The Loop (TV)
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- The White Walkers, if not solely for their utterly terrifying eyes.
- Not to mention the MASSIVE army of wights and White Walkers we see at the end of "Valar Morghulis." Oh Crap doesn't begin to describe it.
- Ser Gregor Clegane cutting off the head of his horse in a temper tantrum.
- In "A Golden Crown," a group of wildings discuss how they'll head south in order to avoid the White Walkers. Implying that the wall may not be keeping everything out of Westeros...or won't be for much longer...
- In "Baelor," while we don't get to see anything, the unearthly screaming noises coming out of Khal Drogo's tent as his life is "saved" through blood magic are more than a little chilling. Add in a litte Fridge Horror, it's clear from the way that the other characters are acting that only Dany can actually hear the sounds.
- The Sky Cells are a pretty frightening concept when you imagine what it must like being a prisoner there. There's no protection from the elements, and you could never sleep easily, always fearing that you would fall out of the window- not to mention the terrifying vertigo you'd have all the time. It seems like the ultimate point is to drive prisoners to suicide and give them an easy means of accomplishing it.
- The massacre of Robert's bastards, including slitting a baby's throat, repeatedly pushing a boy into the ocean until he drowns, and torturing Gendry's boss by pushing his face into his own forge.
- We actually get to see hints of what happens to Craster's sons. It's not pretty.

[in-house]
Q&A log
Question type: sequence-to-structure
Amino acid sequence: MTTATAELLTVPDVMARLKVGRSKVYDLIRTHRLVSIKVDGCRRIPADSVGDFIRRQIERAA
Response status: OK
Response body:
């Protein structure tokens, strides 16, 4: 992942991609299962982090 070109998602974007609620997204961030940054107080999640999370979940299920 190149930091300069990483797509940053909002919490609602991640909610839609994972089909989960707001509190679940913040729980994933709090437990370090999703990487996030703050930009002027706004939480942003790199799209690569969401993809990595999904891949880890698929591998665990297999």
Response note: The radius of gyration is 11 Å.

- Littlefinger's pleasant little story about a whore he bought who was much too sad and how his losses were mitigated. It's as much what he doesn't say as what he does - nothing about his tone when he says "he wanted to transform her" suggests that the man who bought that poor girl was just going to turn her into Westeros's Next Top Model.
- In "Garden of Bones,"
- We find out that Joffrey is more interested in watching women forced to beat each other, possibly to death, than having sex.
- Arya's plot has her watching people being tortured horribly by ingenious use of a rat, a bucket and a torch, (which actually was a real method of torture in the past) killed and having their heads hammered onto pikes for at least two days, all the while knowing she could very well be next. Many of the people she's with are watching their families receive this treatment.
- And, finally... Melisandre's birth scene. The shadow child/son/demon/shadow sounds like Stannis.
- The riot at King's Landing turns into this when the starving townspeople start dismembering and devouring members of the royal entourage.
- Theon executing Ser Rodrik Cassel. He doesn't have the strength to behead him in a single swing, so there is a gruesome scene of Theon repeatedly hacking away and then roughly kicking Ser Rodrik's head away.
- Theon presenting the burnt corpses of Bran and Rickon. At least he claims it's them.
- Later it turns out he's lying. But still, those were children.
- Daenerys and Jorah's attempt to escape the Qarth council chamber, with doubles of Pyat Pree blocking their every path. The off-kilter camerawork just adds to the unease.